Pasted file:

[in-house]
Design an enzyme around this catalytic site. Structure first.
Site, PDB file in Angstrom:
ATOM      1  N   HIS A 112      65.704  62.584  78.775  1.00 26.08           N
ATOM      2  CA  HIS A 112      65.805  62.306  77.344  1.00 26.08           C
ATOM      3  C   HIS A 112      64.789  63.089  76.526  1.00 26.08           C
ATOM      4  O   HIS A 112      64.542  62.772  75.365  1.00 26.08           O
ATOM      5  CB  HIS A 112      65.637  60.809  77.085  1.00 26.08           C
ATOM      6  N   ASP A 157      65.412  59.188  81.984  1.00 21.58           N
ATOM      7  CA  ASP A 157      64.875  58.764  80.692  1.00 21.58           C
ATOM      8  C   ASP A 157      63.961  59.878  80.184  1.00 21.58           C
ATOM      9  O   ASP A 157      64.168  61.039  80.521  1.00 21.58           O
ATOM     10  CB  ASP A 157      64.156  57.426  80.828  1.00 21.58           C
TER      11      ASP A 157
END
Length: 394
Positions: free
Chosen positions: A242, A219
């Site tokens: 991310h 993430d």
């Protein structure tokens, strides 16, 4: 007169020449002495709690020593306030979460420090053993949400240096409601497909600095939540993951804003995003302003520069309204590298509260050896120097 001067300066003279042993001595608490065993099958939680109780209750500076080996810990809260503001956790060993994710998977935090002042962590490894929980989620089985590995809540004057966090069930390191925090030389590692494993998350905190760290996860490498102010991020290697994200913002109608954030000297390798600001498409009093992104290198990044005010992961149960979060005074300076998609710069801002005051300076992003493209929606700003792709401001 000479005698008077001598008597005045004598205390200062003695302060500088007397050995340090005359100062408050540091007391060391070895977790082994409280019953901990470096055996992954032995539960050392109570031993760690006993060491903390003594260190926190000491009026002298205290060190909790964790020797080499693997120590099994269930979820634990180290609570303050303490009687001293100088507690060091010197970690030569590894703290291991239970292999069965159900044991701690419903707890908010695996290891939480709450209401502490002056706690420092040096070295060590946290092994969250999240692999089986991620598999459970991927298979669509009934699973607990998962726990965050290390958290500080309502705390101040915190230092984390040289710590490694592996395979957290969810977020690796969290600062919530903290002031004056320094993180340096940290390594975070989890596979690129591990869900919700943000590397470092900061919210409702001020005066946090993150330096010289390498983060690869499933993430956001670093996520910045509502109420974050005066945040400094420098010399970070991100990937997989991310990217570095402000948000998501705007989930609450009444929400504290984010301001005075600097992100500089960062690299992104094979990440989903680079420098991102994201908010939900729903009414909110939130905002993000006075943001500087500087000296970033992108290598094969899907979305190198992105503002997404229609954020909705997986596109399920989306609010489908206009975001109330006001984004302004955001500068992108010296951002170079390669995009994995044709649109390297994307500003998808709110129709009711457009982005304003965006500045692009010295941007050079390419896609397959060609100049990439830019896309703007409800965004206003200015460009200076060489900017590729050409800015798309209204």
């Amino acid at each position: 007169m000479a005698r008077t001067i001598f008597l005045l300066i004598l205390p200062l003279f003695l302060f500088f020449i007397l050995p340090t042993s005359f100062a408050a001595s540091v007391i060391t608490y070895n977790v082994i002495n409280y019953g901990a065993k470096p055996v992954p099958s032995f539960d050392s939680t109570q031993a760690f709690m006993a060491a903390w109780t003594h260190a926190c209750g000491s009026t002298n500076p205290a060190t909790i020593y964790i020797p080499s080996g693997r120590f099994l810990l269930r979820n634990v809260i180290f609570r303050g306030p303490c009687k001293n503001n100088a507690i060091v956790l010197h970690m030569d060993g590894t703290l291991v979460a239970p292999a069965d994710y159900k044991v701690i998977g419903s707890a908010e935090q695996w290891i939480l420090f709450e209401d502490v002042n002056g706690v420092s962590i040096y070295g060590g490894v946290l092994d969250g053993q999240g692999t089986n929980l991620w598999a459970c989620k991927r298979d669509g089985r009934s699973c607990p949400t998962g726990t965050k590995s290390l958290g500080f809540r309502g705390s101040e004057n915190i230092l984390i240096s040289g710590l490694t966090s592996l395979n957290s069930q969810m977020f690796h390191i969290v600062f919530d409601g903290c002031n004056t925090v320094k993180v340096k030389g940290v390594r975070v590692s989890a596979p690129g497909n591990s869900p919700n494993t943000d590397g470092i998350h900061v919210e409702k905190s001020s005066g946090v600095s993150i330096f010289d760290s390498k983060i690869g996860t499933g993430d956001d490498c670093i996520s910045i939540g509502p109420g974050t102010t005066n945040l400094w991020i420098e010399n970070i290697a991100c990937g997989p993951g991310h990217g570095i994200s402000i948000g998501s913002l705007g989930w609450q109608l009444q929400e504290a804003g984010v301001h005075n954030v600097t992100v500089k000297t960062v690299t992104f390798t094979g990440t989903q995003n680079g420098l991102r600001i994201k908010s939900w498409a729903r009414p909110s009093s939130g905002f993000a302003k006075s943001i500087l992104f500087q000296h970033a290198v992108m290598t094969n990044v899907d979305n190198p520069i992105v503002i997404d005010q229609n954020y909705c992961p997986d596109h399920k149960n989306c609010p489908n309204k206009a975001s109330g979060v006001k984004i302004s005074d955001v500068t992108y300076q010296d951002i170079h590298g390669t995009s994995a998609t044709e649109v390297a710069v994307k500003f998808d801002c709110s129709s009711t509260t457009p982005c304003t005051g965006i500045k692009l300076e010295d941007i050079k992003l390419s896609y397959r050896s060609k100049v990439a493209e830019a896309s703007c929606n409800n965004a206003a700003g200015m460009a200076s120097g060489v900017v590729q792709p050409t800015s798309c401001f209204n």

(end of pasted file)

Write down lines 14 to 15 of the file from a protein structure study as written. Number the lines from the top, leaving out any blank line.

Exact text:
TER      11      ASP A 157
END